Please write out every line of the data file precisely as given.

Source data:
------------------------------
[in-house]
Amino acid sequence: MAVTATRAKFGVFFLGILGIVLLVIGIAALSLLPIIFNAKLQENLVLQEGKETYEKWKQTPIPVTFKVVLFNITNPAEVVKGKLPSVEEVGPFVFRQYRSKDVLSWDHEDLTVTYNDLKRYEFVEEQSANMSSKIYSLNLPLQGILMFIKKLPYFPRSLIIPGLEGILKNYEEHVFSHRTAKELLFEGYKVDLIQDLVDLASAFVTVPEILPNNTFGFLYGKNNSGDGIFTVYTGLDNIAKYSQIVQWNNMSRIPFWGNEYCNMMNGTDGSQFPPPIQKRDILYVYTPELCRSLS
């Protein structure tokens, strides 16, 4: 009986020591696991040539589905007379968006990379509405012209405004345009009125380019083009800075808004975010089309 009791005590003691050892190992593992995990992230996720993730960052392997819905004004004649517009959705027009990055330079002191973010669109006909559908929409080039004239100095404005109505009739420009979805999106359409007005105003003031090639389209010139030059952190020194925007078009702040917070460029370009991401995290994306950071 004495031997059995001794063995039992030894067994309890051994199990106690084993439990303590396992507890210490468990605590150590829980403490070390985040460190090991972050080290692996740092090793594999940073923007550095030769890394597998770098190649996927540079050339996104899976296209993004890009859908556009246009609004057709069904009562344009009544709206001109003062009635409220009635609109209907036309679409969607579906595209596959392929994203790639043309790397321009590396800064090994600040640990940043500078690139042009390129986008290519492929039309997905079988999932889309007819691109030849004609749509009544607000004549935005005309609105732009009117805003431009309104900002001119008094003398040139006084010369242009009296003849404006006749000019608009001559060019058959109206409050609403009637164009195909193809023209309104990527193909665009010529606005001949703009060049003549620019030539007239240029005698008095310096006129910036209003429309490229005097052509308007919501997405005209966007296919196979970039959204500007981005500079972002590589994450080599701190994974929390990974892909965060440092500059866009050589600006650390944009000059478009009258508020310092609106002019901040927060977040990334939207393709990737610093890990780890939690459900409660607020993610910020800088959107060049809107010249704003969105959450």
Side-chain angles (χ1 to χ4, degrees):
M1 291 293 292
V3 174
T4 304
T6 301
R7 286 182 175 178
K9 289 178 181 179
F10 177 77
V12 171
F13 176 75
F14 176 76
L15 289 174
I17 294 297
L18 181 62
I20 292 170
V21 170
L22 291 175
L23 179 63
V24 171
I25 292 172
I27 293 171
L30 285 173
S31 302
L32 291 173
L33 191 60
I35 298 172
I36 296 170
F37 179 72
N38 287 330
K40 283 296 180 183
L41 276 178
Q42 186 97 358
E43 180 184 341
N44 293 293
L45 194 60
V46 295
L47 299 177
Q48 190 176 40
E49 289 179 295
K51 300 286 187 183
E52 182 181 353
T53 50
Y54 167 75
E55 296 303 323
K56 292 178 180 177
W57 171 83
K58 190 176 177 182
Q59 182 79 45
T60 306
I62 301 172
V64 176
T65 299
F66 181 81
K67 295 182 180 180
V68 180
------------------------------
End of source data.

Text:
[in-house]
Amino acid sequence: MAVTATRAKFGVFFLGILGIVLLVIGIAALSLLPIIFNAKLQENLVLQEGKETYEKWKQTPIPVTFKVVLFNITNPAEVVKGKLPSVEEVGPFVFRQYRSKDVLSWDHEDLTVTYNDLKRYEFVEEQSANMSSKIYSLNLPLQGILMFIKKLPYFPRSLIIPGLEGILKNYEEHVFSHRTAKELLFEGYKVDLIQDLVDLASAFVTVPEILPNNTFGFLYGKNNSGDGIFTVYTGLDNIAKYSQIVQWNNMSRIPFWGNEYCNMMNGTDGSQFPPPIQKRDILYVYTPELCRSLS
């Protein structure tokens, strides 16, 4: 009986020591696991040539589905007379968006990379509405012209405004345009009125380019083009800075808004975010089309 009791005590003691050892190992593992995990992230996720993730960052392997819905004004004649517009959705027009990055330079002191973010669109006909559908929409080039004239100095404005109505009739420009979805999106359409007005105003003031090639389209010139030059952190020194925007078009702040917070460029370009991401995290994306950071 004495031997059995001794063995039992030894067994309890051994199990106690084993439990303590396992507890210490468990605590150590829980403490070390985040460190090991972050080290692996740092090793594999940073923007550095030769890394597998770098190649996927540079050339996104899976296209993004890009859908556009246009609004057709069904009562344009009544709206001109003062009635409220009635609109209907036309679409969607579906595209596959392929994203790639043309790397321009590396800064090994600040640990940043500078690139042009390129986008290519492929039309997905079988999932889309007819691109030849004609749509009544607000004549935005005309609105732009009117805003431009309104900002001119008094003398040139006084010369242009009296003849404006006749000019608009001559060019058959109206409050609403009637164009195909193809023209309104990527193909665009010529606005001949703009060049003549620019030539007239240029005698008095310096006129910036209003429309490229005097052509308007919501997405005209966007296919196979970039959204500007981005500079972002590589994450080599701190994974929390990974892909965060440092500059866009050589600006650390944009000059478009009258508020310092609106002019901040927060977040990334939207393709990737610093890990780890939690459900409660607020993610910020800088959107060049809107010249704003969105959450």
Side-chain angles (χ1 to χ4, degrees):
M1 291 293 292
V3 174
T4 304
T6 301
R7 286 182 175 178
K9 289 178 181 179
F10 177 77
V12 171
F13 176 75
F14 176 76
L15 289 174
I17 294 297
L18 181 62
I20 292 170
V21 170
L22 291 175
L23 179 63
V24 171
I25 292 172
I27 293 171
L30 285 173
S31 302
L32 291 173
L33 191 60
I35 298 172
I36 296 170
F37 179 72
N38 287 330
K40 283 296 180 183
L41 276 178
Q42 186 97 358
E43 180 184 341
N44 293 293
L45 194 60
V46 295
L47 299 177
Q48 190 176 40
E49 289 179 295
K51 300 286 187 183
E52 182 181 353
T53 50
Y54 167 75
E55 296 303 323
K56 292 178 180 177
W57 171 83
K58 190 176 177 182
Q59 182 79 45
T60 306
I62 301 172
V64 176
T65 299
F66 181 81
K67 295 182 180 180
V68 180